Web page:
February 15, 2017 Partisan attacks as team-building
This year, several of President Trump’s appointees have been approved on party-line votes. In particular, there was a significant mass mobilization of Democrats against the Sessions and DeVos nominations, if my Facebook news feed is any guide.
Why do Democrats bother? They weren’t going to get enough Republican votes to defeat the nominations, and even if they had defeated the nominations, there is no reason to believe that President Trump’s next choice would be more ideologically congenial. I’m not sure that (from a liberal perspective) Sessions is any worse than whoever a President Cruz would have appointed.* And since DeVos endorsed Jeb Bush, I think she’s probably more moderate than whoever President Cruz would have appointed. So if the goal of this mobilization was to move justice or education policy to the Left, the effort spent on these nominations was a complete waste of time, and would probably have been a waste of time even if these nominations had been defeated.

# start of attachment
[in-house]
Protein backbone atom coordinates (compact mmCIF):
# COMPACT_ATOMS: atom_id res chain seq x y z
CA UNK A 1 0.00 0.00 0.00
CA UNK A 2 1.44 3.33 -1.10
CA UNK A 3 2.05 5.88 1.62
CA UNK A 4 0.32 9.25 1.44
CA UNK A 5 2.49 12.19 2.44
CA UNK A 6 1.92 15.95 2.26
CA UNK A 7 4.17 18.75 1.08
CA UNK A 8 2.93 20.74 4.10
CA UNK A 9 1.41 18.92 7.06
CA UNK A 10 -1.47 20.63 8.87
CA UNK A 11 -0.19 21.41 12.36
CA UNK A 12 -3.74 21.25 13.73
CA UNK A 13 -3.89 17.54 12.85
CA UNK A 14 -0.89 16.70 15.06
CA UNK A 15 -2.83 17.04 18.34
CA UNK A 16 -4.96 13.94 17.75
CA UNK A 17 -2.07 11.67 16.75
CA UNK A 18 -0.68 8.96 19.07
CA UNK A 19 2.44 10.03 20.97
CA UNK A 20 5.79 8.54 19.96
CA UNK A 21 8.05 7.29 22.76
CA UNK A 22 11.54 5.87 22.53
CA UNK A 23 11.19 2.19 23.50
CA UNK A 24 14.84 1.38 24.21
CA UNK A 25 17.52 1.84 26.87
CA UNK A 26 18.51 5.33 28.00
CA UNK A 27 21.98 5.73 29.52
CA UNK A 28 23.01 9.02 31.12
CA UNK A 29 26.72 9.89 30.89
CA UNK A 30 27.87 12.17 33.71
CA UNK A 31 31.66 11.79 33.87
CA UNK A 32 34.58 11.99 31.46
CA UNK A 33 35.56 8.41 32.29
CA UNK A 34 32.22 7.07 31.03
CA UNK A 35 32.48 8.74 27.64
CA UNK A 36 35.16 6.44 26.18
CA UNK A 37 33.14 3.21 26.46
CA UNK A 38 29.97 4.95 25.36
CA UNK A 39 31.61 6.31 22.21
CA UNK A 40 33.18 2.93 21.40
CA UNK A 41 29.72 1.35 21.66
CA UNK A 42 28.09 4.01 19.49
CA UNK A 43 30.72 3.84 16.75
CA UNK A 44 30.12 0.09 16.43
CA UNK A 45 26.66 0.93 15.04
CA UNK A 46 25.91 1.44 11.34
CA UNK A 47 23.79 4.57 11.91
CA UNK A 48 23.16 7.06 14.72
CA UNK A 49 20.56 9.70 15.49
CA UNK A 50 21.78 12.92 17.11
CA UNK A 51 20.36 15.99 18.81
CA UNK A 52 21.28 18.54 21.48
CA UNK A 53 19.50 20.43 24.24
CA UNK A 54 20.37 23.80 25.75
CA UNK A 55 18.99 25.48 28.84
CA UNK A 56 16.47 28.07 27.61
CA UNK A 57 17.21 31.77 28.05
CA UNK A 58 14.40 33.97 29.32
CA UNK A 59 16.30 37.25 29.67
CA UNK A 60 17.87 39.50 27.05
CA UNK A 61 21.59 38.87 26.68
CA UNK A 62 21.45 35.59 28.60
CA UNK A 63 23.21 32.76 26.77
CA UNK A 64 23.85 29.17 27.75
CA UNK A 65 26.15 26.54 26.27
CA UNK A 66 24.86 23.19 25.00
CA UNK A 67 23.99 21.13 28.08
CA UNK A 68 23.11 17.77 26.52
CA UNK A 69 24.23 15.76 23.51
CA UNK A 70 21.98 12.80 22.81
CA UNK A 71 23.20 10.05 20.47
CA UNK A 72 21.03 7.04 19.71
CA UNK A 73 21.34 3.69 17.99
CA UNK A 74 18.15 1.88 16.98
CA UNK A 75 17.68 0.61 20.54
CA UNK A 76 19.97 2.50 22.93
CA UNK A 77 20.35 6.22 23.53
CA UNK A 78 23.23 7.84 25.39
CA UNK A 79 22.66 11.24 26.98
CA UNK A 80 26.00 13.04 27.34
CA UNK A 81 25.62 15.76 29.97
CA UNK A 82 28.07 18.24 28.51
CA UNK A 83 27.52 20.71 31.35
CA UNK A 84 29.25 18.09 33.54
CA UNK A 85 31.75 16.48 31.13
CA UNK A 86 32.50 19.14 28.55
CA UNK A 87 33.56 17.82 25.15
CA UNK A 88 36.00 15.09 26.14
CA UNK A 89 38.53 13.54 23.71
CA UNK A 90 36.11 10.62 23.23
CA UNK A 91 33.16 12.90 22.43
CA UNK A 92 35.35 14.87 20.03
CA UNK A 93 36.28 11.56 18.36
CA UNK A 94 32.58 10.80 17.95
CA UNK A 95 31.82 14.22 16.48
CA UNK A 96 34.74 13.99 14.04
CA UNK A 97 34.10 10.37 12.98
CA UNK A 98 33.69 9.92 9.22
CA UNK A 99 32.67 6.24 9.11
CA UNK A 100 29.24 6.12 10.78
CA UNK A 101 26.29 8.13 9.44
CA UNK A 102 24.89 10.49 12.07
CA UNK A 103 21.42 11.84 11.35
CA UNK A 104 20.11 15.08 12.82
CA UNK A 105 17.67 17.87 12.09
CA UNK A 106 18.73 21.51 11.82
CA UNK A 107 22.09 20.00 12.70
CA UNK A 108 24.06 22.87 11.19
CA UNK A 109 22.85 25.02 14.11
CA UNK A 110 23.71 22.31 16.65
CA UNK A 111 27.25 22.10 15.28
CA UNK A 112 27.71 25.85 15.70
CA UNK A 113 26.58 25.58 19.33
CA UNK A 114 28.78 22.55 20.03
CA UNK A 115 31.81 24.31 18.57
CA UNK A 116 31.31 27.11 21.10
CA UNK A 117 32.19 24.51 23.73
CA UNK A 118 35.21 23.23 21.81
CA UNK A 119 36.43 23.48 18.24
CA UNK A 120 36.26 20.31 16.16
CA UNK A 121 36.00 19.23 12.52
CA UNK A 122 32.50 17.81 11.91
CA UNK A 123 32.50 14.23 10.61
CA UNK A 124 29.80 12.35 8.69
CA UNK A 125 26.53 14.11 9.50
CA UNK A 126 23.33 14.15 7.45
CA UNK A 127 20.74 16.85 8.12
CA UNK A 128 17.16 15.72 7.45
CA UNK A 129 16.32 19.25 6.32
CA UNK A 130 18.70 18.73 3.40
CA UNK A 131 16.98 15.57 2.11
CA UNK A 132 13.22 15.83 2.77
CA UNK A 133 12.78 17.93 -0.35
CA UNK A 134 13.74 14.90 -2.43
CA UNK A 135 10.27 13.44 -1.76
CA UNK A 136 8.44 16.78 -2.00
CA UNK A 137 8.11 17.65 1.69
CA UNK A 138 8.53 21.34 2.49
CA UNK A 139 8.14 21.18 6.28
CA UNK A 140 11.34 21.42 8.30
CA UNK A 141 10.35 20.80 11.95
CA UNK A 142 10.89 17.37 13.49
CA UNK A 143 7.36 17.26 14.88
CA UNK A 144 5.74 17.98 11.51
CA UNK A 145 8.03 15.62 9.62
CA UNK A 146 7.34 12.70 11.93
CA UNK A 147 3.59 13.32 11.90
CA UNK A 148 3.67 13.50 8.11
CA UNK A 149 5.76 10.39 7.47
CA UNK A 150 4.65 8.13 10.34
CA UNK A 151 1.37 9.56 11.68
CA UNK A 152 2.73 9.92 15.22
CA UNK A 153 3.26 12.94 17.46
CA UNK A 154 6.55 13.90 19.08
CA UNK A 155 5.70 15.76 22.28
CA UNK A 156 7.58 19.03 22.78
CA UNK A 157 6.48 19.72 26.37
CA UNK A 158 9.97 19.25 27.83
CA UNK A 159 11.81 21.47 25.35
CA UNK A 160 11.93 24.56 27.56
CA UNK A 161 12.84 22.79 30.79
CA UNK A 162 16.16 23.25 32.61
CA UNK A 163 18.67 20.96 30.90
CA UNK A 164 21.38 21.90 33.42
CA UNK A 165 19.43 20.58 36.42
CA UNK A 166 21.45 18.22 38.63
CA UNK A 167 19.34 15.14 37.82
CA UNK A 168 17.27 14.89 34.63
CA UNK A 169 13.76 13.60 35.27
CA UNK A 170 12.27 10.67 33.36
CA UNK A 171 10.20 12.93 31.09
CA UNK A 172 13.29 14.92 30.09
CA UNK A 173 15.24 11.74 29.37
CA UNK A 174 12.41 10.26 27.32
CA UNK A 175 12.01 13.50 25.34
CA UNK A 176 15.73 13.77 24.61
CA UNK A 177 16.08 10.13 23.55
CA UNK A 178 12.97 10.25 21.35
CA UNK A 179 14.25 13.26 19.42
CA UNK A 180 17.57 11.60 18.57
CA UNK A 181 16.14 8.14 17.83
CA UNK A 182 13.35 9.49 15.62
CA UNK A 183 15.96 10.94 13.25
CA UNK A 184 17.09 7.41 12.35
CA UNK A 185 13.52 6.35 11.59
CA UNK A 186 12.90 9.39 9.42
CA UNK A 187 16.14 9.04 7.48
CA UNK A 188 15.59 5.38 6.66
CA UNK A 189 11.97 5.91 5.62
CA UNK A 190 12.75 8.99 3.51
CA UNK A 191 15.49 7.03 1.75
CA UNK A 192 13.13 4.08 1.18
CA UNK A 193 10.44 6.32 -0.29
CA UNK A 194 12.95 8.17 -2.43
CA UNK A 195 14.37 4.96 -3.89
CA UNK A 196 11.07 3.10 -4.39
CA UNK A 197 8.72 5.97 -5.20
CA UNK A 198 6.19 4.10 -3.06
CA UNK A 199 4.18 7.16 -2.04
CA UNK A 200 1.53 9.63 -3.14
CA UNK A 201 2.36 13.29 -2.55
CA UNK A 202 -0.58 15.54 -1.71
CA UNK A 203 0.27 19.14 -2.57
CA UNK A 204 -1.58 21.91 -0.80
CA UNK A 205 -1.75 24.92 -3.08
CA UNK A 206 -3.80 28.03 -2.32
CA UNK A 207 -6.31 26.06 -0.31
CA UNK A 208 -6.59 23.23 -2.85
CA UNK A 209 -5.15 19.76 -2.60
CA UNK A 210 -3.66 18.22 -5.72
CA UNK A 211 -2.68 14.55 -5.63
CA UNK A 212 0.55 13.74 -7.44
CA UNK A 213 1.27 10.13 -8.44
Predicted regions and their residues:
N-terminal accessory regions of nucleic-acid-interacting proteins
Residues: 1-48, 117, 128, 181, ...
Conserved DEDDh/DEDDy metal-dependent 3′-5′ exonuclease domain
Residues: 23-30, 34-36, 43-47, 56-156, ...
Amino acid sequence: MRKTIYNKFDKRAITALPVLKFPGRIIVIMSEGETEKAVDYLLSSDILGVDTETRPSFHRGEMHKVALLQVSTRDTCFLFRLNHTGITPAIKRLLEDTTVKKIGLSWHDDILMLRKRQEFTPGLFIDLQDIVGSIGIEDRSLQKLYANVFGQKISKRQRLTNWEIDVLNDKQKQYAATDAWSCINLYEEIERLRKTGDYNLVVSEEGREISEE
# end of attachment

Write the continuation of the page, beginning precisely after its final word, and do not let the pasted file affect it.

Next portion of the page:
So here’s an alternative explanation: the goal of political parties isn’t to be ideologically coherent, but to win elections. How do you win elections? Not just by persuading centrists, but also by motivating your base to organize, give money, vote etc. And what does that? A good fight with the other side, whether a winning fight or a losing one. So Democrats were spoiling for a fight with Trump- if it hadn’t been Sessions and DeVos, it would have been something else.
To draw an analogy: the Obama stimulus plan probably wasn’t that different from what President McCain would have proposed. But Republicans successfully mobilized their base to fight it. Why? Because Republicans needed a fight.
*Though from a libertarian perspective he is much more problematic.